Research assistants conduct the field work, and manage the data collection. All data are coded directly after being collected and are entered into the NET-QUBIC data warehouse to ensure accuracy and completeness of the data. The field workers are extensively trained and supervised by a coordinating research nurse. Data management is coordinated at the Department of Otolaryngology / Head & Neck Surgery of Amsterdam UMC location VUmc, and GGZInGeest in Amsterdam. A special team of data managers takes care of data quality, data archiving and the creation of variables and scales. The NET-QUBIC Data Warehouse makes use of Open Clinica (collection of multisite case record forms) and Blaise (face to face data collection). This Data Warehouse is used to collect and store cancer and treatment data, outcome, PROMs, results of medical examination and function tests, and biobank data. Also, the logistics for project management are structured by means of this system.

Data storage

Data and samples are stored via FAIR principles: Findable, Accessible, Interoperable, Re-usable (www.force11.org). Findable data: Data are described on the NET-QUBIC project website (www.kubusproject.nl). Accessible data: The collection and integration of large amounts of personal, biological, genetic and diagnostic information precludes open access to the NET-QUBIC research data. In the section Data and sample dissemination (below) is described how the data are made available for the research community. Interoperable data: All data is encoded by a single participant number that includes an institute code. This allows exchange of all collected data, but adding new clinical data requires that the codes at the participating institutes are broken. Re-usable data: Validated longitudinal data from the 739 patients and 262 caregivers, as fixed datasets will be available for re-use. The storage time is 15 years as the legal minimum for clinical data.

Data and sample dissemination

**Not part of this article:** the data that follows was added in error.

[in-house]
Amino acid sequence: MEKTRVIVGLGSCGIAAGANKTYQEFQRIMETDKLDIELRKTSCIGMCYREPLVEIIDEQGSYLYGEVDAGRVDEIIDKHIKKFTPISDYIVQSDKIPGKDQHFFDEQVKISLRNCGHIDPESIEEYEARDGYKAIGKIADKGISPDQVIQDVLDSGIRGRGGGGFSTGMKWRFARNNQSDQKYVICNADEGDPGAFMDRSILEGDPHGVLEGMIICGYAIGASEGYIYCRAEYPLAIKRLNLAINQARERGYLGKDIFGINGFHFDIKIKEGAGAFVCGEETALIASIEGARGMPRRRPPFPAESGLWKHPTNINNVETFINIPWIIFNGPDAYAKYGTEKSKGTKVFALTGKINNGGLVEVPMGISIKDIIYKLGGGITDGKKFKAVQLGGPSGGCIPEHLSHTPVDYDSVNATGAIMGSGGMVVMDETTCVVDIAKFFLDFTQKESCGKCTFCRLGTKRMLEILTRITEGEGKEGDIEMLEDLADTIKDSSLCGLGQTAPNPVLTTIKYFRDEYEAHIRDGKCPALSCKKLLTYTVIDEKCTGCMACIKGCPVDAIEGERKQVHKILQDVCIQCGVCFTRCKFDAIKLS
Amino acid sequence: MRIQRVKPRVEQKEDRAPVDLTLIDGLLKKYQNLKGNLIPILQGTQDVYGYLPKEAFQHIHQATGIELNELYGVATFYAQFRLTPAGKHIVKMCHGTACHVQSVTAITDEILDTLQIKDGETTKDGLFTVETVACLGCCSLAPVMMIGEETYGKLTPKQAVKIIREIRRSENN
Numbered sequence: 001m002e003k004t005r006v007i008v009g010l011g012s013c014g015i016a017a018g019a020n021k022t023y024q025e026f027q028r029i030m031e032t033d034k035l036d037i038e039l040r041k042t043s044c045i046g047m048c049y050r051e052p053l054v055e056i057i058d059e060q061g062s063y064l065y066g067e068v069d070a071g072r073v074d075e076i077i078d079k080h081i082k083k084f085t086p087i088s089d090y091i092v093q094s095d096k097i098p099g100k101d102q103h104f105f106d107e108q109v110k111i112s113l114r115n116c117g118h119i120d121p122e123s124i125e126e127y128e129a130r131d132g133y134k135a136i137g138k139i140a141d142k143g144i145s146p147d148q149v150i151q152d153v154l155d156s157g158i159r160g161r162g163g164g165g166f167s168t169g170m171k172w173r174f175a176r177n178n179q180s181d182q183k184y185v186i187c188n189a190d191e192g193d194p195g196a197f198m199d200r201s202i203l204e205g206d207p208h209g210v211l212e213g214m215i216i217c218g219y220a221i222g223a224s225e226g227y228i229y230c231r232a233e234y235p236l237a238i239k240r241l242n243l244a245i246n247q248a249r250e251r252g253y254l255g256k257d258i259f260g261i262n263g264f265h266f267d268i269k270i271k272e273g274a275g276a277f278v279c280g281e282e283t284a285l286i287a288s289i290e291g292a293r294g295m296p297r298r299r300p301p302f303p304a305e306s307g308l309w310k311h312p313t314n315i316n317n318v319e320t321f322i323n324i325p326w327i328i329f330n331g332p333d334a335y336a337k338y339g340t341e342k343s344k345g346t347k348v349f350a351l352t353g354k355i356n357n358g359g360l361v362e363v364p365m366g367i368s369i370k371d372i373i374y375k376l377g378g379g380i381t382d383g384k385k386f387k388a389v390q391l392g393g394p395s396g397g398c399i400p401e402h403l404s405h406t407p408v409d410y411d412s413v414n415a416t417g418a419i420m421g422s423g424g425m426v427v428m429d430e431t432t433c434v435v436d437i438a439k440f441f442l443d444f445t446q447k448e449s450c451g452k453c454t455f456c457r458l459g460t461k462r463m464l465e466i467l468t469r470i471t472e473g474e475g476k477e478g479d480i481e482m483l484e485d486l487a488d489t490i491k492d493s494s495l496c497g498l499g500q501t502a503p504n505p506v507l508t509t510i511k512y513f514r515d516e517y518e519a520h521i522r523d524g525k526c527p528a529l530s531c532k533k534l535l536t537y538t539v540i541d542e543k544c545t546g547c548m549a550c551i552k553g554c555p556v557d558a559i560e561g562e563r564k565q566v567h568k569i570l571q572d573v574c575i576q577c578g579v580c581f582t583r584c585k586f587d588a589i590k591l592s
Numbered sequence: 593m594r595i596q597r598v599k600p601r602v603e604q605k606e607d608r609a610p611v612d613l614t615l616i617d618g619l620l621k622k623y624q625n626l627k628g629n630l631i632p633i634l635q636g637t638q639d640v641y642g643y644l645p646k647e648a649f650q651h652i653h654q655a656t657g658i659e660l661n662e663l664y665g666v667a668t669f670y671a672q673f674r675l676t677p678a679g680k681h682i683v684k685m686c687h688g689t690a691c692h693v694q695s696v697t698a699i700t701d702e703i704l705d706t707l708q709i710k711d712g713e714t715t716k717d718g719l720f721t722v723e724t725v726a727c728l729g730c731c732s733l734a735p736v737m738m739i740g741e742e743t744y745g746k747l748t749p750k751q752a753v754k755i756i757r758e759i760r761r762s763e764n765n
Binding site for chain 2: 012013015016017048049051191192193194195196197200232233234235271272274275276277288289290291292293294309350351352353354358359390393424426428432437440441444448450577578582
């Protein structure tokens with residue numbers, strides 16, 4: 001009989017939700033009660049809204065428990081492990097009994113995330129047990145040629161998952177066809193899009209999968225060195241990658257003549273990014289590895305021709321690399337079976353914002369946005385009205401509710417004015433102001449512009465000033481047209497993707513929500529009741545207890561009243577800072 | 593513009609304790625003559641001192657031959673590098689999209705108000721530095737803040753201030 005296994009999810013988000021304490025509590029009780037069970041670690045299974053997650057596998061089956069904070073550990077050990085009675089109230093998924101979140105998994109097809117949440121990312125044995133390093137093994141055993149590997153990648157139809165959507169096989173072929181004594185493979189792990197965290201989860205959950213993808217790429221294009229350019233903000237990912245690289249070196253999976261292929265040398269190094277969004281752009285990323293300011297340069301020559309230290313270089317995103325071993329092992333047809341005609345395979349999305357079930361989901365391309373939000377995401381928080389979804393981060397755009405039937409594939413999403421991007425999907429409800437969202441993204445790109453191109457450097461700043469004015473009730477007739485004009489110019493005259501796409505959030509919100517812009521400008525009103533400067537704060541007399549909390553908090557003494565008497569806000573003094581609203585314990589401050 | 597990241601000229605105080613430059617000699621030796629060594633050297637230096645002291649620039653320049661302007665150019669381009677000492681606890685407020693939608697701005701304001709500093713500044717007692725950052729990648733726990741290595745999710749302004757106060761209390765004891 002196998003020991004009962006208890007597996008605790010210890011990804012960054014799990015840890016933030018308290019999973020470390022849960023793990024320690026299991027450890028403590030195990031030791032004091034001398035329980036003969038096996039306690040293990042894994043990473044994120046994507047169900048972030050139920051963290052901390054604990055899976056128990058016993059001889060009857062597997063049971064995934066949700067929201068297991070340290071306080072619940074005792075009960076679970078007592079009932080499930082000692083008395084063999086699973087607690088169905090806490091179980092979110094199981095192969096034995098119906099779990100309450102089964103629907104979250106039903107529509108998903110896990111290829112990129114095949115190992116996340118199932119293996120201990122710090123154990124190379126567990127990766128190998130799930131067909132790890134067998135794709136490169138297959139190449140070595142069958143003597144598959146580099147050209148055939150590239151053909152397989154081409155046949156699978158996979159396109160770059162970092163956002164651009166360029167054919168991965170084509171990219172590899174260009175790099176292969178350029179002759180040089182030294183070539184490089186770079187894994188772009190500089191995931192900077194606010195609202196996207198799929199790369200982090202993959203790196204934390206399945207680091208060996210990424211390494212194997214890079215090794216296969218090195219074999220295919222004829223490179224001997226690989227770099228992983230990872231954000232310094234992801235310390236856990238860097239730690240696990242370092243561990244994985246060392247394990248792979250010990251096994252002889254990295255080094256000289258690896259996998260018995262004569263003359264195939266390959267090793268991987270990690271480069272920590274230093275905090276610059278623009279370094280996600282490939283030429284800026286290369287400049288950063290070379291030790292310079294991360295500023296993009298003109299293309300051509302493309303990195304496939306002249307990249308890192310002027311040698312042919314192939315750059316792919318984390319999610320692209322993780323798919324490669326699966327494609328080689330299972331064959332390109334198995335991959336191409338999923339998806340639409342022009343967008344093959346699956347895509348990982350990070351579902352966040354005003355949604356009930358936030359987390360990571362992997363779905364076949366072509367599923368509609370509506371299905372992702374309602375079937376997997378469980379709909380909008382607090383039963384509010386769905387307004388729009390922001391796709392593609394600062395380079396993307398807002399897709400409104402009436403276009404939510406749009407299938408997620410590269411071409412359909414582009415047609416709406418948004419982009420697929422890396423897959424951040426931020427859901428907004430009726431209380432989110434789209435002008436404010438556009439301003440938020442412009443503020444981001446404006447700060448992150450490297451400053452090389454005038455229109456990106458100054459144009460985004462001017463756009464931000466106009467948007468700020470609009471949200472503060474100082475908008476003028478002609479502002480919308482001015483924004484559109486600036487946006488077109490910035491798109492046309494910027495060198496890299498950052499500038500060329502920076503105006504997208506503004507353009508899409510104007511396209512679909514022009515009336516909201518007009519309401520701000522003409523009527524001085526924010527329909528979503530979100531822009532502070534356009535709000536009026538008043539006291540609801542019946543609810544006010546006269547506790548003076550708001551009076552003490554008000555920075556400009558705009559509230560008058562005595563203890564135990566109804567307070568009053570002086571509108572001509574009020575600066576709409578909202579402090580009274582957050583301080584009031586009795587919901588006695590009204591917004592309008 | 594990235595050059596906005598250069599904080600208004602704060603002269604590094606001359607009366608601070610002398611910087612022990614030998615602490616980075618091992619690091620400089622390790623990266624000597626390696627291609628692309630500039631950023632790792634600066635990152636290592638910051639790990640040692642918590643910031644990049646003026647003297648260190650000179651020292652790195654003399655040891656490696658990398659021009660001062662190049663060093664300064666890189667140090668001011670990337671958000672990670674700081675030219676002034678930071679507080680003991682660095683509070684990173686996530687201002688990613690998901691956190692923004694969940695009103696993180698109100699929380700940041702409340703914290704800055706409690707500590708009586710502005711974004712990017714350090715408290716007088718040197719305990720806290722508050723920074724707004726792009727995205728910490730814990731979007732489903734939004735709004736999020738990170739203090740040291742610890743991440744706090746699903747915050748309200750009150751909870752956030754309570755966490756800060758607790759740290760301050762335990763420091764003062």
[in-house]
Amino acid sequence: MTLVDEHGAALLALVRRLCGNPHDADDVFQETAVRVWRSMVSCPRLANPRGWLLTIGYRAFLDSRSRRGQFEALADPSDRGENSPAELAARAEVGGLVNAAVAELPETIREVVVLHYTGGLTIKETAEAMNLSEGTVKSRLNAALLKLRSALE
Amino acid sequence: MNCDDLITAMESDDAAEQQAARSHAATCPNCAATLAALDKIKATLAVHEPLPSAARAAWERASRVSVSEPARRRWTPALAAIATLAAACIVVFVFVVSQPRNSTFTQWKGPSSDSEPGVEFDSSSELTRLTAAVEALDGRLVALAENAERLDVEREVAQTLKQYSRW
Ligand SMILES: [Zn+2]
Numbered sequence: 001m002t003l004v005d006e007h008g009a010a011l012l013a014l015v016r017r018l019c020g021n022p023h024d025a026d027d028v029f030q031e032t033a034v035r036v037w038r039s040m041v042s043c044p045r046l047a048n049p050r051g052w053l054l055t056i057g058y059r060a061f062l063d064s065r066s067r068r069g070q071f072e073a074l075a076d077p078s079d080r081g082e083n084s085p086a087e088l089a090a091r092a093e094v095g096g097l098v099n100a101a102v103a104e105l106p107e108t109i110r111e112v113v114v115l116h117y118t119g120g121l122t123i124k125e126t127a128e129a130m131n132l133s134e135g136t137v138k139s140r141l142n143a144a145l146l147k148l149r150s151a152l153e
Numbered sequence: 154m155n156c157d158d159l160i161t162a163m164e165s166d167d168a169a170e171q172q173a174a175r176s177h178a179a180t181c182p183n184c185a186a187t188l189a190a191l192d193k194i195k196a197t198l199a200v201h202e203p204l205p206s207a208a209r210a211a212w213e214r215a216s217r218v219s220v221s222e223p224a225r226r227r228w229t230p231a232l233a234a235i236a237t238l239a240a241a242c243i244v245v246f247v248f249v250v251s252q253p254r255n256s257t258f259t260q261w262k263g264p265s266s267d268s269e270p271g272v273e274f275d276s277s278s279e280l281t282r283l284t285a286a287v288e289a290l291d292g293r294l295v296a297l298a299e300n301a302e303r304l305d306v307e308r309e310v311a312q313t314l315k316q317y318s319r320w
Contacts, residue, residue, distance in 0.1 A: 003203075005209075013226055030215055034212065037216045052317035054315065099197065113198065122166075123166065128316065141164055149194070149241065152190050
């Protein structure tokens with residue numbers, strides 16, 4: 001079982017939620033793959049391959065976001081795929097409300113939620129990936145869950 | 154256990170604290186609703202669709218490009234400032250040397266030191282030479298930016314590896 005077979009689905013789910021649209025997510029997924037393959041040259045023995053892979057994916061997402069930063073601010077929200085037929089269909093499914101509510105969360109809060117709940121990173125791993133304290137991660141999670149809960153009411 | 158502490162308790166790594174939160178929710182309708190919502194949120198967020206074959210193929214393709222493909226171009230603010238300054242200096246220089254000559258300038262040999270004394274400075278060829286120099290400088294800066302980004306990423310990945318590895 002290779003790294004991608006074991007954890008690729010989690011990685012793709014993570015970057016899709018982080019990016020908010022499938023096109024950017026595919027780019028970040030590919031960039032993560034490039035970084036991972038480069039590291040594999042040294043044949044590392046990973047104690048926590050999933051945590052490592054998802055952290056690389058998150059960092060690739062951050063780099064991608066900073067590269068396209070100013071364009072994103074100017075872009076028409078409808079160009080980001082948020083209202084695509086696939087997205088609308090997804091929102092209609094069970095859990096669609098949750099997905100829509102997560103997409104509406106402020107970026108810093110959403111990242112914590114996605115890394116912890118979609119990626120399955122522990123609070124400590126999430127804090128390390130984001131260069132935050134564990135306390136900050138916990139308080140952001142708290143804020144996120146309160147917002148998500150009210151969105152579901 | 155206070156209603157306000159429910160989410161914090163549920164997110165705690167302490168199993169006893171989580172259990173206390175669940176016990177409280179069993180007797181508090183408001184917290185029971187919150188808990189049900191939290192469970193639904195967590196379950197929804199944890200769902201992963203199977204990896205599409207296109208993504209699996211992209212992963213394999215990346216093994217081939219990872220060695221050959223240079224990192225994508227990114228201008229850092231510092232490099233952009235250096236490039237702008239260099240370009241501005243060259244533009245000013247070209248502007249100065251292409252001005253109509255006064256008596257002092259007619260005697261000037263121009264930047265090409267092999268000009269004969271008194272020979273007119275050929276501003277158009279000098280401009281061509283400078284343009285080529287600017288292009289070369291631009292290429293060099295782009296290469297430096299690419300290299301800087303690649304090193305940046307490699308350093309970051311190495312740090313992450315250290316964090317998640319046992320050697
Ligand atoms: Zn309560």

Data and sample releases will be organized 1 to 2 times a year and will be announced on the project website (www.kubusproject.nl). Usage of NET-QUBIC data and/or biomaterials is regulated in the NET-QUBIC Data and Biomaterial Access Policy, and in the NET-QUBIC Publication policy (study procedures available via the website). In brief, access is provided as follows: A single-entry portal to all activities is provided on the NET-QUBIC website. The proposals can be submitted via an on-line application form. The NET-QUBIC team oversees the projects from evaluation, to experiment, to report after completion. Questionnaires are sent to users (i.e. 1 year following access provision) for feedback on the access service and to summarize the results (including patents and publications), enabling an evaluation of the outcome of the projects. An applicant will first choose the type of support and sample/data that they need for their proposed projects. The forms will be filled out by the applicant, and submitted to the NET-QUBIC Access Board for review. Transparency, fairness and impartiality are key objectives for the evaluation of the project ideas and project applications. Applications are judged on (i) scientific merit / excellence, and (ii) expected scientific, societal and economic impact, both carrying equal weight. While judging research protocols, there will also be emphasis on overlap between protocols (e.g. PhD-trajectories) and in case of overlap, researchers are encouraged to collaborate. Evaluation reports will be provided for all projects, including those that fail. These reports will provide constructive feedback from the evaluators that will help researchers to improve their projects. When a research protocol is granted, the data are made available by a fully automatic procedure by means of a protected website tool for researchers to download the requested data. For use of biobank samples, the research methods and requested amounts are critically reviewed and projects combined whenever possible. Before biobank samples are released, the research protocols are reviewed by the Institutional Review Board on Biobanking at the coordinating center. The participating centers agreed to this approach. Data and samples are accessible for external parties by collaboration with one of the Access Board members of the participating institutes.